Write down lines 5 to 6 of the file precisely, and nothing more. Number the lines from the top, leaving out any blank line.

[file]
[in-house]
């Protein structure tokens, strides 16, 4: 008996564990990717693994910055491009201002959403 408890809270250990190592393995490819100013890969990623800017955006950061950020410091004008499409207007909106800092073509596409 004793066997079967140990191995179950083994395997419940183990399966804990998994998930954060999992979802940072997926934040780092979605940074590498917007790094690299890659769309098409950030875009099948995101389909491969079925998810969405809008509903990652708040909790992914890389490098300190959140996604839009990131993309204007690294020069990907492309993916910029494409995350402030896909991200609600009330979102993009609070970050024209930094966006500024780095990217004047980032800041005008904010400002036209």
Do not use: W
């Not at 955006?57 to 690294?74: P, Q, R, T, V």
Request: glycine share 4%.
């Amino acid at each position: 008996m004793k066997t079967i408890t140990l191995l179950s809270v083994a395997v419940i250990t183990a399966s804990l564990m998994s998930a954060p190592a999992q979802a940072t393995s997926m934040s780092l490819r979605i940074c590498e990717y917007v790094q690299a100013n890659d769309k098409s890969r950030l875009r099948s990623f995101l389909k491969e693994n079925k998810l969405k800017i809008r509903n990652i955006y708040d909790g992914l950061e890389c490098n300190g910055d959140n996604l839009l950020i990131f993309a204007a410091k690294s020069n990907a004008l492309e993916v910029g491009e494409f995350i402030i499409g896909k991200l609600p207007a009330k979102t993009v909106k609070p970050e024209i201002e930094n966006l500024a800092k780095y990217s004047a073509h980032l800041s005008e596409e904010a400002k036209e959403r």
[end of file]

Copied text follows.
Request: glycine share 4%.
């Amino acid at each position: 008996m004793k066997t079967i408890t140990l191995l179950s809270v083994a395997v419940i250990t183990a399966s804990l564990m998994s998930a954060p190592a999992q979802a940072t393995s997926m934040s780092l490819r979605i940074c590498e990717y917007v790094q690299a100013n890659d769309k098409s890969r950030l875009r099948s990623f995101l389909k491969e693994n079925k998810l969405k800017i809008r509903n990652i955006y708040d909790g992914l950061e890389c490098n300190g910055d959140n996604l839009l950020i990131f993309a204007a410091k690294s020069n990907a004008l492309e993916v910029g491009e494409f995350i402030i499409g896909k991200l609600p207007a009330k979102t993009v909106k609070p970050e024209i201002e930094n966006l500024a800092k780095y990217s004047a073509h980032l800041s005008e596409e904010a400002k036209e959403r």